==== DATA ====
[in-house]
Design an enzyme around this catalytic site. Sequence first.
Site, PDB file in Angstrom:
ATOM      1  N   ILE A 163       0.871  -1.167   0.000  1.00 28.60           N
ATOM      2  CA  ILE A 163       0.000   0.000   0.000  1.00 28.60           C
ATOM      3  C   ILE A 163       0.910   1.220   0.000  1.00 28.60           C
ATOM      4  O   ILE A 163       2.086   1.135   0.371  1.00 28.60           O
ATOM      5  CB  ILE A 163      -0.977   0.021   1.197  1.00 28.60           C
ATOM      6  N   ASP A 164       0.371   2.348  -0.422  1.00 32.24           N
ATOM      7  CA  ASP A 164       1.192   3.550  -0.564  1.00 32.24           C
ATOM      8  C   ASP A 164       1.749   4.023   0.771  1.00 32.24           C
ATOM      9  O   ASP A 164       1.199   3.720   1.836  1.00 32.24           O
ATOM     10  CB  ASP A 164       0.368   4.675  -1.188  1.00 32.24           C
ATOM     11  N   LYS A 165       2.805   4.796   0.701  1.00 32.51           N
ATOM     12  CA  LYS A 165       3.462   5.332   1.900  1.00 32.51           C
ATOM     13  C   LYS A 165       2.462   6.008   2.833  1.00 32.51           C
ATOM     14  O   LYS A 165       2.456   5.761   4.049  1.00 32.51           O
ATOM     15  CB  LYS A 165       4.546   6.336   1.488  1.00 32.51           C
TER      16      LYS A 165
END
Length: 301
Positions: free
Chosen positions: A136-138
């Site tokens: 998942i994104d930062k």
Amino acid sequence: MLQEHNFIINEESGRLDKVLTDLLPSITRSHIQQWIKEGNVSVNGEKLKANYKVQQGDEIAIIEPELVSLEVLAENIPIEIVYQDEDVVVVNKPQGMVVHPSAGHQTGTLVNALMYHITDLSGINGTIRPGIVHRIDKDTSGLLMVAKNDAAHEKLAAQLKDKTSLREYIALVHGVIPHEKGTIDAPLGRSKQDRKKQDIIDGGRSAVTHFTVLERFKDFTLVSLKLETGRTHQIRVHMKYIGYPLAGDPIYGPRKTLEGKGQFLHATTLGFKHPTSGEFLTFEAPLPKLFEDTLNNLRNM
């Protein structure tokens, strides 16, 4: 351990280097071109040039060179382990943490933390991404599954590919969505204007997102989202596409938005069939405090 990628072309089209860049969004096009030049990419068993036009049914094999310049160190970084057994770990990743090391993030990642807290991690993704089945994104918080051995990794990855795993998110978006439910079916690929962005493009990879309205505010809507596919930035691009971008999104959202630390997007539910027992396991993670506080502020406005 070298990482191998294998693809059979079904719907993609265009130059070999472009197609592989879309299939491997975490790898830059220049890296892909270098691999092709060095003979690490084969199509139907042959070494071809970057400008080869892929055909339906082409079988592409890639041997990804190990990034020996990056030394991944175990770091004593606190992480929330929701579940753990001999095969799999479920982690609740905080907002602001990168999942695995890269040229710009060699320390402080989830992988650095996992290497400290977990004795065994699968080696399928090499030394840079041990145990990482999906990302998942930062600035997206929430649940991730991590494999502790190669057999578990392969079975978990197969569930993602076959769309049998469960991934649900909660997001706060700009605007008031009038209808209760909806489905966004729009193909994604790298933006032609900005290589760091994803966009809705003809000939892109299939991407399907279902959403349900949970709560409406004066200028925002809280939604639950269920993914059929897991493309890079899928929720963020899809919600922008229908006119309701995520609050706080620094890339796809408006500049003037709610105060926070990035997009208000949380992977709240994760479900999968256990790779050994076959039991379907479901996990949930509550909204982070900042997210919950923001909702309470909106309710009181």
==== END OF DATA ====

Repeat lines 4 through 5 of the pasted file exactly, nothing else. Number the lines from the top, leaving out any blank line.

ATOM      1  N   ILE A 163       0.871  -1.167   0.000  1.00 28.60           N
ATOM      2  CA  ILE A 163       0.000   0.000   0.000  1.00 28.60           C